#BreakingBarriers to shopping

For many of us, shopping is a part of everyday life, a necessity.

For someone with a learning disability, going to a shop can be an experience filled with anxiety, worry, confusion and fear.

Without realising it, many of our local shops are filled with barriers, preventing those with disabilities from accessing the most basic of services.

With the onset of lockdown, new safety measures and ever-changing guidelines, shopping has become a very difficult experience for people with learning disabilities.

Did you know?
According to research conducted by disability organisation, Purple:
-	the ‘purple pound’ is estimated to be £249 billion a year
-	more than half of survey respondents reported struggling to make purchases of a product/service due to their disability
-	56% of survey respondents agreed that improving staff understanding about different disabilities would encourage them to spend their disposable income 
-	75% of disabled people surveyed have had to leave a store or website, unable to go through with their purchase because of their disability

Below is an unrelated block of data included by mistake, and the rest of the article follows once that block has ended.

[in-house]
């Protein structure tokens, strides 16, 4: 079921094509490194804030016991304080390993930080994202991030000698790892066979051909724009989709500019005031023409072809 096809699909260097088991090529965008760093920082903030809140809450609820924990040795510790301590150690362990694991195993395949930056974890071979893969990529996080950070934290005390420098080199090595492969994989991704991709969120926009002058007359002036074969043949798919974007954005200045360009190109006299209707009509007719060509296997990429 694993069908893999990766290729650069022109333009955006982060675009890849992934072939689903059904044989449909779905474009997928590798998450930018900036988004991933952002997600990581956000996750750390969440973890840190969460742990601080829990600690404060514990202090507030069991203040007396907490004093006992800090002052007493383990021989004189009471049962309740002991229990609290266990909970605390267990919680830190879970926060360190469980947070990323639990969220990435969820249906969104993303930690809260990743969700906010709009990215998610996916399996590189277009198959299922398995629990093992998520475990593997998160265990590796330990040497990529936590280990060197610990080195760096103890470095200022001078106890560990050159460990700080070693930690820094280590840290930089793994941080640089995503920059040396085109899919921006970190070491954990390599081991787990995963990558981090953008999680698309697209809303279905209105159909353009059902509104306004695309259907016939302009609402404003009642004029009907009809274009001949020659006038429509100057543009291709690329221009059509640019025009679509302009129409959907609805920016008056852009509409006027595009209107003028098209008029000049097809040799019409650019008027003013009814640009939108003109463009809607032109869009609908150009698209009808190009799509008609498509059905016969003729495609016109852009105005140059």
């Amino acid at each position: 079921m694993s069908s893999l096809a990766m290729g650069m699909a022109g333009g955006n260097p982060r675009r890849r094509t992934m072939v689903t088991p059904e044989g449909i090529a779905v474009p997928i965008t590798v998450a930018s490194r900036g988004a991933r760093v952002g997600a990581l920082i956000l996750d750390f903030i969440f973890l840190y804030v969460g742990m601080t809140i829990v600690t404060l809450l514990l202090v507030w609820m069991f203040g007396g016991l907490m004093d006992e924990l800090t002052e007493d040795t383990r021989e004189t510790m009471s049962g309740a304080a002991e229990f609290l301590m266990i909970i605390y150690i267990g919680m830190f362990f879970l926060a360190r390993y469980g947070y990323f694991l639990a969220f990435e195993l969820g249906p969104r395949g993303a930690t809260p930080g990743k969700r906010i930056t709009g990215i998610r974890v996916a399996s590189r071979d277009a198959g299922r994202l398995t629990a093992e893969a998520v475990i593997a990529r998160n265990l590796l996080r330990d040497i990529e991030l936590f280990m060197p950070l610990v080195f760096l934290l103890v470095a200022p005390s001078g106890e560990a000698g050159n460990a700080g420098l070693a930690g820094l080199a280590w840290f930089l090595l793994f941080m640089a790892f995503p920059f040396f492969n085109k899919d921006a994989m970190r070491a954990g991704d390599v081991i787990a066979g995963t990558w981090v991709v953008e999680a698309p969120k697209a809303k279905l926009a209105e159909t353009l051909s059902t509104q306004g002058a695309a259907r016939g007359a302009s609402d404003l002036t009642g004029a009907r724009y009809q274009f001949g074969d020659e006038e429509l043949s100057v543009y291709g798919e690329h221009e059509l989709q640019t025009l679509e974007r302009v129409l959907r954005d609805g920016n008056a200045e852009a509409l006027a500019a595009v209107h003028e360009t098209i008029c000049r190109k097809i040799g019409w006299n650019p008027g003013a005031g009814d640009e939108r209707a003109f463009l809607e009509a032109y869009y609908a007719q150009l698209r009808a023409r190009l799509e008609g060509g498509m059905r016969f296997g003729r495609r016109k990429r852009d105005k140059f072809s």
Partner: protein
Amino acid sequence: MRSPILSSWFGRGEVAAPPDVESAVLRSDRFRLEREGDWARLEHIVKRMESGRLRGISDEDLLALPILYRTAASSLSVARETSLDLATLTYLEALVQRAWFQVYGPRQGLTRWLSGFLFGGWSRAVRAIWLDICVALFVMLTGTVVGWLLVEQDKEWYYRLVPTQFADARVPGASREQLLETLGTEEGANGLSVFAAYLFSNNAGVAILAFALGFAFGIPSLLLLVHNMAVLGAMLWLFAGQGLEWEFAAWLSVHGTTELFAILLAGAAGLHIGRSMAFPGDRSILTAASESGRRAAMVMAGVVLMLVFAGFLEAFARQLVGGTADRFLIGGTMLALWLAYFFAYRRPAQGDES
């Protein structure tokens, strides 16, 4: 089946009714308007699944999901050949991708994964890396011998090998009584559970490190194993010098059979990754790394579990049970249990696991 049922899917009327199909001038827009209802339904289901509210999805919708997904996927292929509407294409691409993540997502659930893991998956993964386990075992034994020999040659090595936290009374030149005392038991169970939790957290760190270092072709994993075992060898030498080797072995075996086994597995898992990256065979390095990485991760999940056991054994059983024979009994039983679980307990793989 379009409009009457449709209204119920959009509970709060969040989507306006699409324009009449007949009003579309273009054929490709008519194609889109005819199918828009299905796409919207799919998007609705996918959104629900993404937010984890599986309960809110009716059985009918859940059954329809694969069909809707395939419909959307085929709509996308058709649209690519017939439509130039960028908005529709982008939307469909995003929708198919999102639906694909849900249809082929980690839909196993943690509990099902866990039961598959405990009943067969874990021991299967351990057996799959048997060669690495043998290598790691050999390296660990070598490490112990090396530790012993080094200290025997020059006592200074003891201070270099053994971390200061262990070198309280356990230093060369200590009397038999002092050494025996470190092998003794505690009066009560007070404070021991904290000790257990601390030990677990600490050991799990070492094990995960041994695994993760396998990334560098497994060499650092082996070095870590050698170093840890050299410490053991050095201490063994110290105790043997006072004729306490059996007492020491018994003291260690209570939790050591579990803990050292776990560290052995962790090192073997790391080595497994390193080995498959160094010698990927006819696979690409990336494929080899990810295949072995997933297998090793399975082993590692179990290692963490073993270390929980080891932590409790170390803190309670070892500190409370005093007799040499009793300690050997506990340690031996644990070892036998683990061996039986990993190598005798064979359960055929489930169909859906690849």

Will you support us in #BreakingBarriers?

At Sunnybank, we hope to use our experience to ease the anxiety of our members who feel prohibited from visiting shops, and to guide our local shops and businesses in the small steps they can take to break down these barriers and make their shops and store fronts inclusive for everyone.

Will you support us in #BreakingBarriers?
Here are five simple ways to help make your shop more inclusive
1.	Find out about the sunflower scheme - sunflower lanyards indicate that someone has a hidden disability and might need some additional support. Please ask anyone wearing one if they would like some assistance
2.	Have a sign on your window to say you support the Sunflower lanyard scheme and register on the hidden disabilities website
3.	Ensure your signage uses clear symbols instead of (or as well as) words  – not all customers are able to read
4.	Loud noise and music can make it difficult to concentrate and communicate, particularly when wearing face masks. Consider lowering music volume in store
5.	Share photos and videos online of the changes in your shop so people can see what it is like before they arrive, this will relieve a lot of anxiety and confusion

Who’s doing it well?

We are delighted to see that some of our local shops and businesses are already making great efforts to create a safe and welcoming environment for their disabled customers.

We’ll be sharing examples of local shops doing it well on our social media channels over the couple of weeks so please keep your eyes peeled.